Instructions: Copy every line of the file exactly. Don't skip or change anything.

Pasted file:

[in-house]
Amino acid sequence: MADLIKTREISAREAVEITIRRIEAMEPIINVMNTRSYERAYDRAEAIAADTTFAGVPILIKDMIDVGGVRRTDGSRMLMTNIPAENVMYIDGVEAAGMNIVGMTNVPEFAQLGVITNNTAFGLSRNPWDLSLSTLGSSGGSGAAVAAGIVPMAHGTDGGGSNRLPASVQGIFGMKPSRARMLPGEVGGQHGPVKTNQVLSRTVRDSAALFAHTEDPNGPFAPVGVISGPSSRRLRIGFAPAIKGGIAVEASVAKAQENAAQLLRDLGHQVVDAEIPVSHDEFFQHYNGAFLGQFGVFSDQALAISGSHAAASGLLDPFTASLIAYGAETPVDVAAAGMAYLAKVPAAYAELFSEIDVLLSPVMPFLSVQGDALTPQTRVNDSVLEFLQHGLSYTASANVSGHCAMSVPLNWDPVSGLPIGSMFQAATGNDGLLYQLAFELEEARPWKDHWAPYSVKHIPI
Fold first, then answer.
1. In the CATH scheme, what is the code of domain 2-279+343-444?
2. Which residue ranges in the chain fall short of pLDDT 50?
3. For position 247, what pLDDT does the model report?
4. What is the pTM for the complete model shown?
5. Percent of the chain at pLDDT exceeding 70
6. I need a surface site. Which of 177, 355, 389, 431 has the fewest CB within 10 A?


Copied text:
[in-house]
Amino acid sequence: MADLIKTREISAREAVEITIRRIEAMEPIINVMNTRSYERAYDRAEAIAADTTFAGVPILIKDMIDVGGVRRTDGSRMLMTNIPAENVMYIDGVEAAGMNIVGMTNVPEFAQLGVITNNTAFGLSRNPWDLSLSTLGSSGGSGAAVAAGIVPMAHGTDGGGSNRLPASVQGIFGMKPSRARMLPGEVGGQHGPVKTNQVLSRTVRDSAALFAHTEDPNGPFAPVGVISGPSSRRLRIGFAPAIKGGIAVEASVAKAQENAAQLLRDLGHQVVDAEIPVSHDEFFQHYNGAFLGQFGVFSDQALAISGSHAAASGLLDPFTASLIAYGAETPVDVAAAGMAYLAKVPAAYAELFSEIDVLLSPVMPFLSVQGDALTPQTRVNDSVLEFLQHGLSYTASANVSGHCAMSVPLNWDPVSGLPIGSMFQAATGNDGLLYQLAFELEEARPWKDHWAPYSVKHIPI
Fold first, then answer.
1. In the CATH scheme, what is the code of domain 2-279+343-444?
2. Which residue ranges in the chain fall short of pLDDT 50?
3. For position 247, what pLDDT does the model report?
4. What is the pTM for the complete model shown?
5. Percent of the chain at pLDDT exceeding 70
6. I need a surface site. Which of 177, 355, 389, 431 has the fewest CB within 10 A?